Romano British excavation at Barcombe Mills reveals more secrets

Eye in the sky: A micro-copter view of the site at Barcombe and below one of the mysterious pierced pot bases
Eye in the sky: A micro-copter view of the site at Barcombe and below one of the mysterious pierced pot bases

This year’s excavations at the Romano-British settlement at Bridge Farm, near Barcombe Mills, are due to be completed this week and the site can be visited on Sunday (August 10) when tours will be given at 11am, noon and 1pm.

The excavations targeted the site of a large post built building and have also uncovered adjacent boundary ditches, a possible bread oven and a forging hearth, as well as two wells.

The larger of the wells contained waterlogged timber and animal bones over a base of chalk blocks.

Large quantities of varied Roman-period pottery shards have been recovered which when fully analysed should give dating evidence for the various features.

A Roman coin has also been unearthed – possibly dating from the 4th century though this has still to be confirmed.

Among the pottery is an unusual assemblage of pierced pottery bases which are causing much discussion amongst the archaeologists and finds specialists.

While one is obviously a small strainer the others are more enigmatic with many possible uses being suggested, including incense burners or vented cooking pot lids, but no definite purpose has as yet been resolved.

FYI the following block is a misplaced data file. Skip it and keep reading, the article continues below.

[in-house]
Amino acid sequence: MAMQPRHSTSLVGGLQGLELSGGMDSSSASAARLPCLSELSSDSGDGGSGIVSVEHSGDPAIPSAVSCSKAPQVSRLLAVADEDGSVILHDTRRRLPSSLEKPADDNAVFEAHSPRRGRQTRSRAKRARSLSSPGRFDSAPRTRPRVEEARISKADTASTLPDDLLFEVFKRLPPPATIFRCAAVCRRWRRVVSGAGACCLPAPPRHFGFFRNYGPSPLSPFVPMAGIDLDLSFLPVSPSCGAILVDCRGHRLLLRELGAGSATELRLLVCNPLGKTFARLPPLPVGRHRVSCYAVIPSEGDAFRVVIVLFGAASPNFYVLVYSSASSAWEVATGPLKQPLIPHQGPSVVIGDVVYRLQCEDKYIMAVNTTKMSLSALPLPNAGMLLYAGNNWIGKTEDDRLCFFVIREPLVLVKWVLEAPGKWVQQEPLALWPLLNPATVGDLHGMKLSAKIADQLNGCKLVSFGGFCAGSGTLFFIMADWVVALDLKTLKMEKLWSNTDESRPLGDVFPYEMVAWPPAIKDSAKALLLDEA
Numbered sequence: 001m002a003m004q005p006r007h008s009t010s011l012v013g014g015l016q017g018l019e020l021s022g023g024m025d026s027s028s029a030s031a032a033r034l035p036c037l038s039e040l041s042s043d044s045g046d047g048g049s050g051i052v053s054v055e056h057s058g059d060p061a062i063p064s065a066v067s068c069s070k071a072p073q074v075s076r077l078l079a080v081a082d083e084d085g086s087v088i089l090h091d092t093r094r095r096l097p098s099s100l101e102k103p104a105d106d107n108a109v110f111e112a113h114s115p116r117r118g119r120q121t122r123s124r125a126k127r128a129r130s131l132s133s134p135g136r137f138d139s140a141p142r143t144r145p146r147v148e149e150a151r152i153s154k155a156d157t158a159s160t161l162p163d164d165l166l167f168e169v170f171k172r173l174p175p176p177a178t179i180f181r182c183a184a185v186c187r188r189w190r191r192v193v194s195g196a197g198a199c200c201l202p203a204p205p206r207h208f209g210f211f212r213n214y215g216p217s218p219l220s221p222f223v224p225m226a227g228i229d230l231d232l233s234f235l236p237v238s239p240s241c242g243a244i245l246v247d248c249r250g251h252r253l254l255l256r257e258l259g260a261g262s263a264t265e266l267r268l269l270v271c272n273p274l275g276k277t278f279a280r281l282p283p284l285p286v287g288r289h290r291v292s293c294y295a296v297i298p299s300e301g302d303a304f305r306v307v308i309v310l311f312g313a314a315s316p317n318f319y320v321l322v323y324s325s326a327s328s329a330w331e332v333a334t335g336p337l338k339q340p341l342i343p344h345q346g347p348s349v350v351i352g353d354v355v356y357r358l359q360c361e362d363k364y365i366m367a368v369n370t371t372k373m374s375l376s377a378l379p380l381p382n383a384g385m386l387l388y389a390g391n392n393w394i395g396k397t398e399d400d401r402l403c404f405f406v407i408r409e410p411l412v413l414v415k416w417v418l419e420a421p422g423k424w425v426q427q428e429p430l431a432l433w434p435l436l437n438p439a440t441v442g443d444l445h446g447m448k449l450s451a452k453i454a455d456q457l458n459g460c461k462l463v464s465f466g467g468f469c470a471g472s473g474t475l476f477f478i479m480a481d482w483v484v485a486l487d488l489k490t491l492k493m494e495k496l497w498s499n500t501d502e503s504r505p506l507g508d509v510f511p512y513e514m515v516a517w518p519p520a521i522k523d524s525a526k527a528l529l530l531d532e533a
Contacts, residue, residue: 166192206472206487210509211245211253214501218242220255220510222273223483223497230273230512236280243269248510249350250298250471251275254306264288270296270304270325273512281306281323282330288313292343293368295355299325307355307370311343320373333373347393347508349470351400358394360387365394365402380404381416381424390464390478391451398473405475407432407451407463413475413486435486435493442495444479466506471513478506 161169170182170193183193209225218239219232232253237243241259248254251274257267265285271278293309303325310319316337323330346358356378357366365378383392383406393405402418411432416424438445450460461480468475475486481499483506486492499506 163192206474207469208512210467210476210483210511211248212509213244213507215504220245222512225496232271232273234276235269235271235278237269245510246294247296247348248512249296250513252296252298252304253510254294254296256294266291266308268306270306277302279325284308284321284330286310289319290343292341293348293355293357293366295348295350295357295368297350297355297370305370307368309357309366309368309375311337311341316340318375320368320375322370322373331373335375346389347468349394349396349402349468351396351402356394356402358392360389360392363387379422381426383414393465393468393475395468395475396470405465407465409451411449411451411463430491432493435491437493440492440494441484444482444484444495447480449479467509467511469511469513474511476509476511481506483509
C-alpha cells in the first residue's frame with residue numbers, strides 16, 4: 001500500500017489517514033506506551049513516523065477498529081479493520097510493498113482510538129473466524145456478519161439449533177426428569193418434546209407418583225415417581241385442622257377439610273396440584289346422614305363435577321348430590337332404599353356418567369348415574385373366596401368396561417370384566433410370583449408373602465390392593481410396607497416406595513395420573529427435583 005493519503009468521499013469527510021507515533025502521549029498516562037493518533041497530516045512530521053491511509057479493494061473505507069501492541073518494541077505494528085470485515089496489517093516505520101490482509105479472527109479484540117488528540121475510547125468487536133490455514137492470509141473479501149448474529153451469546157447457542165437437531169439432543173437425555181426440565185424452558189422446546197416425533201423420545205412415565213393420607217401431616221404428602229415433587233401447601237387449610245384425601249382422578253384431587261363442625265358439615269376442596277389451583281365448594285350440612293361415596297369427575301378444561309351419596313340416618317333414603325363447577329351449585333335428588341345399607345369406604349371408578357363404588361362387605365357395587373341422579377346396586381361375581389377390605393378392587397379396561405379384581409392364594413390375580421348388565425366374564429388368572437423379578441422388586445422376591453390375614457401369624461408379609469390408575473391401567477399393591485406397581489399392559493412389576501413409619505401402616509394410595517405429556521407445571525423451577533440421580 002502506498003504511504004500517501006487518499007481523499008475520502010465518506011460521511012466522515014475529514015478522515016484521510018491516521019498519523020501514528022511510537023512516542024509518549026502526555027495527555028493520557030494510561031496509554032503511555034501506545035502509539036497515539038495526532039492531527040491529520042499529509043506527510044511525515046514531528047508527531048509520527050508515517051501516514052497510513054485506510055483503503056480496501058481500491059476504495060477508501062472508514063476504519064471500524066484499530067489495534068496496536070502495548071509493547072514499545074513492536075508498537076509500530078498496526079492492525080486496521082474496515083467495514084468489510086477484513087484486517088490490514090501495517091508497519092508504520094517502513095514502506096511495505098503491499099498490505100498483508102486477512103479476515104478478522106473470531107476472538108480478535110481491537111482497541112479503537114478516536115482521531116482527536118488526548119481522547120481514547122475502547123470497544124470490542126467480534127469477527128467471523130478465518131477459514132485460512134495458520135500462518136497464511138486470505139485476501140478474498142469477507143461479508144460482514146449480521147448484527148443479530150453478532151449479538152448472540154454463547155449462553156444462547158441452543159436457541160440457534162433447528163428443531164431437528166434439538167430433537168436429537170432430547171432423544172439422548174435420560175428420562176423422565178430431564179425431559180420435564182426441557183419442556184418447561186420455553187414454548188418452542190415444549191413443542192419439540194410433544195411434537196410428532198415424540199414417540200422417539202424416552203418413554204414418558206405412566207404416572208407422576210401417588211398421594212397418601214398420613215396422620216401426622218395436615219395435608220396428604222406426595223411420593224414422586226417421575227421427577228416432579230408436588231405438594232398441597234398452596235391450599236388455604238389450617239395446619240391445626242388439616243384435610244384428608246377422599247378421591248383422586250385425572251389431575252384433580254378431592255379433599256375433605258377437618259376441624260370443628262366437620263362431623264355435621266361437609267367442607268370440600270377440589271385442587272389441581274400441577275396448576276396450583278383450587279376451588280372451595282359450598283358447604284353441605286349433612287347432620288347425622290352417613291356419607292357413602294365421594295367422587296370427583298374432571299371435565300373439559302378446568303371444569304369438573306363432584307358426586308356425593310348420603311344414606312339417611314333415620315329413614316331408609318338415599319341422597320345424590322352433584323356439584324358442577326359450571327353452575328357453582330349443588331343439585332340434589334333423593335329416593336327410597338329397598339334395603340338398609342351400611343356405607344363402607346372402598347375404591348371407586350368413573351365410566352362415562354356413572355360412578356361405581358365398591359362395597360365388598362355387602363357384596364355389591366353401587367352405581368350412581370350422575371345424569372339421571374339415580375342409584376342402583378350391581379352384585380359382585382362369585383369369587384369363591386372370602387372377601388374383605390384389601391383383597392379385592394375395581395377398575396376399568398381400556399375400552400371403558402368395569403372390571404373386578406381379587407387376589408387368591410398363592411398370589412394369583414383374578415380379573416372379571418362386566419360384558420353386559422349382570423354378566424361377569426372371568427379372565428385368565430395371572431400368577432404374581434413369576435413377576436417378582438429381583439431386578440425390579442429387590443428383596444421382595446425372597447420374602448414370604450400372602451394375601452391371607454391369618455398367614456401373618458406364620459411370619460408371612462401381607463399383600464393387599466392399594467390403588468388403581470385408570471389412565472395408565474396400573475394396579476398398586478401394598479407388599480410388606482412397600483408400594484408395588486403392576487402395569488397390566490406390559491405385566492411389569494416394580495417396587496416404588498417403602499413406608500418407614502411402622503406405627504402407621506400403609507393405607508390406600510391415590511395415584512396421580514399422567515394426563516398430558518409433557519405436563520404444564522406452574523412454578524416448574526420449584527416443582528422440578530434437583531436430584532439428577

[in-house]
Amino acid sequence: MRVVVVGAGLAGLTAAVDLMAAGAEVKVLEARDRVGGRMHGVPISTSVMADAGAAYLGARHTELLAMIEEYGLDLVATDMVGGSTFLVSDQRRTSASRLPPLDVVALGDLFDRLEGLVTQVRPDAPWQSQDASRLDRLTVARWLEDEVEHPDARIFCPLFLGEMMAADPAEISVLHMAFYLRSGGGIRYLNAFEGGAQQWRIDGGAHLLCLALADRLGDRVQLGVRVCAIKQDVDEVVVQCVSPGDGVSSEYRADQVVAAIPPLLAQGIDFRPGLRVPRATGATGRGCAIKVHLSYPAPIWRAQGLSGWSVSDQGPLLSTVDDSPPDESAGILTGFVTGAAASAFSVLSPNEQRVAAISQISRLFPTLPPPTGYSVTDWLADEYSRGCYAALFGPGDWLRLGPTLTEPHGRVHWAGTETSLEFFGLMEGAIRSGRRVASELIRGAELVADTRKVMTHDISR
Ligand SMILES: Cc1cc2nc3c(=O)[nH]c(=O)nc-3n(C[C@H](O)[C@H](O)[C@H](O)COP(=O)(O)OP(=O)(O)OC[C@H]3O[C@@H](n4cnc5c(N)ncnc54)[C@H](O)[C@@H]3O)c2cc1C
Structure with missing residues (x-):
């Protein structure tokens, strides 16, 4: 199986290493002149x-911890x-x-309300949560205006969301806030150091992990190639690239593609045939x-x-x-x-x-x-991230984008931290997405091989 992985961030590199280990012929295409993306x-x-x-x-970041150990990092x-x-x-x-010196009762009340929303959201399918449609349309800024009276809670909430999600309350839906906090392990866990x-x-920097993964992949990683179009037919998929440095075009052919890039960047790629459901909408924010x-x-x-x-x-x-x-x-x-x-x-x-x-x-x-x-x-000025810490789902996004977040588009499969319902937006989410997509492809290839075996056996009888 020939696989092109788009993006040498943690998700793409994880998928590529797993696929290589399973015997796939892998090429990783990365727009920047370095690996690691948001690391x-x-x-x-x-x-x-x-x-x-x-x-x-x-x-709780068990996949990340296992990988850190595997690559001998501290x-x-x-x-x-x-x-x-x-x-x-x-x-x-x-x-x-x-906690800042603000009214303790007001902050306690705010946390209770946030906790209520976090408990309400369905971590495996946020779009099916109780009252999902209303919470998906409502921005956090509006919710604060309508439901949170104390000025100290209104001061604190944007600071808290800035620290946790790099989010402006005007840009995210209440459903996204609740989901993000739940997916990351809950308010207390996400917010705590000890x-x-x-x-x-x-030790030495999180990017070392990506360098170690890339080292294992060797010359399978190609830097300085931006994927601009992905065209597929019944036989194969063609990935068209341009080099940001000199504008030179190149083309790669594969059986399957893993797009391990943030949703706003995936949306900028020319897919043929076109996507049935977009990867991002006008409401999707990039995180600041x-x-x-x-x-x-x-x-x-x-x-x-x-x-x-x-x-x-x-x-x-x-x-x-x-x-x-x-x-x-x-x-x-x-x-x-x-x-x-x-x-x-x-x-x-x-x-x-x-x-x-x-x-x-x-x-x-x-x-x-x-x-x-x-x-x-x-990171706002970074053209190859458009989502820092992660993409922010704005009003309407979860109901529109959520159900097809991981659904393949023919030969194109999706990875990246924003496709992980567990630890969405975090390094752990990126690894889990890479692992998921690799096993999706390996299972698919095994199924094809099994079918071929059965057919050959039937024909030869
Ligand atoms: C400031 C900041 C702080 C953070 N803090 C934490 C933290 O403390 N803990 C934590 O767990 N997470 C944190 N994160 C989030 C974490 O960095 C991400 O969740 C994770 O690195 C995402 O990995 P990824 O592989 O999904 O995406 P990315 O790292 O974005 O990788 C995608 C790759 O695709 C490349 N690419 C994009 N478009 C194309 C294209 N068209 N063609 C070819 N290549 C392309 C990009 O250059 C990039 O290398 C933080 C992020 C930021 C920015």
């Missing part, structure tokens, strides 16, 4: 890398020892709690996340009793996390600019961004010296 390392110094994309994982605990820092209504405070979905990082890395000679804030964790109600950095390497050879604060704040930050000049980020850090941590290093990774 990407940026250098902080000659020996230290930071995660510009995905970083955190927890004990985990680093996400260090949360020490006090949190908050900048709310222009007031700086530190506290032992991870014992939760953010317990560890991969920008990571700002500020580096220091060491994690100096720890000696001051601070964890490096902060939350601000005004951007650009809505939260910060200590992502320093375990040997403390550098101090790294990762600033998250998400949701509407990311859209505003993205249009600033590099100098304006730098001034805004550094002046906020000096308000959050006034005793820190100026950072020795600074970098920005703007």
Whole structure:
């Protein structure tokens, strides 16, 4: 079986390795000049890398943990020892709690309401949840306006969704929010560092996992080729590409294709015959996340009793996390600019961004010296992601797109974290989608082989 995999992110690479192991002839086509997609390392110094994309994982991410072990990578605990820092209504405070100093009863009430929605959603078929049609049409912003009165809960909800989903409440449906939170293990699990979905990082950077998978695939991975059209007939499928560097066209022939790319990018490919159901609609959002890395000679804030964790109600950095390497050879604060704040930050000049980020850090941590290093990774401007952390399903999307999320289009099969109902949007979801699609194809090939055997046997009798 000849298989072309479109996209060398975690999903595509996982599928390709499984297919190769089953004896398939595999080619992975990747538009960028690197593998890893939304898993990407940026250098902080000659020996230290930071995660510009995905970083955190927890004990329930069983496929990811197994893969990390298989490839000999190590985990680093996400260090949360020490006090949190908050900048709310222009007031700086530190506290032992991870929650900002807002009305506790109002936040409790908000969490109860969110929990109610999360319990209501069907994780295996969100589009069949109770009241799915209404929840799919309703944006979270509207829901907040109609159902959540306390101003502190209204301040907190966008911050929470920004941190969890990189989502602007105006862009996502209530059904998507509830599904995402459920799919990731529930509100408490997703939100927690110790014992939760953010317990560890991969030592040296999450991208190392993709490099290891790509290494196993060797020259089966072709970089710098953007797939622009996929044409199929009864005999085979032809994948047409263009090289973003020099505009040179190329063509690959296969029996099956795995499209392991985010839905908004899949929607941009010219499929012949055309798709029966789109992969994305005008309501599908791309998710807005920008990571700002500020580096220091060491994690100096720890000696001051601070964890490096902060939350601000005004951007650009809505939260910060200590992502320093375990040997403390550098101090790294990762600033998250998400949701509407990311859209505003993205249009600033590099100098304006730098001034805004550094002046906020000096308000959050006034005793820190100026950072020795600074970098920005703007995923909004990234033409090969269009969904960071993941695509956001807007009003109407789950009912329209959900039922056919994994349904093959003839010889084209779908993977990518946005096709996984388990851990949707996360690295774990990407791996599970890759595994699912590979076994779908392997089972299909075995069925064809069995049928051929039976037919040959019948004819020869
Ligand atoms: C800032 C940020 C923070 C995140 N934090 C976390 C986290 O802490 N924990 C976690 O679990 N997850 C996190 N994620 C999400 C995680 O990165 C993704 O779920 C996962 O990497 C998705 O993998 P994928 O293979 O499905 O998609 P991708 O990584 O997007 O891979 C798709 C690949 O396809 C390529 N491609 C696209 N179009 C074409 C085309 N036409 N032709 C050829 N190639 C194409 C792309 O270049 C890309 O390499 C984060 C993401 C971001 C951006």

The site has also yielded a good deal of iron slag, possibly secondary forging slag, which indicates at least a small scale of metal working on the site which lies at the end of a road from the Roman iron working of the High Weald.

The 12 large postholes indicate a building of 18m long by 6m wide and was probably some form of storage building. Being quite close to the river, it may indicate trade to and from the coast as well as down the east/west and north/south road networks which cross at the settlement.

These large postholes were clear on the geophysics results earlier in the year but a series of smaller postholes on the same site and alignment but indicating a probably later building, were only found during the excavation.

The excavations form part of the Culver Archaeological Project’s (CAP) long-term investigations into the Romano-British landscape of the Ouse Valley in the Barcombe and Ringmer area and follow on from the highly successful community dig of 2013.

CAP has always aimed to include the local community in its investigations into the area’s heritage and looks forward to the open day at this year’s site when features and finds will be revealed even if the full purpose of the ancient settlement still remains a fascinating mystery to be further investigated.


Bridge Farm lies just across the road from the Barcombe Mills car park. Access to the site involves a walk through two fields southwards along the eastern bank of the River Ouse (to National Grid Reference TQ429146).


A plan of the route and site location plus articles on the CAP’s previous discoveries and excavation blog can be viewed on the project’s website


Once the summer dig is completed, the site will be backfilled and returned to pasture.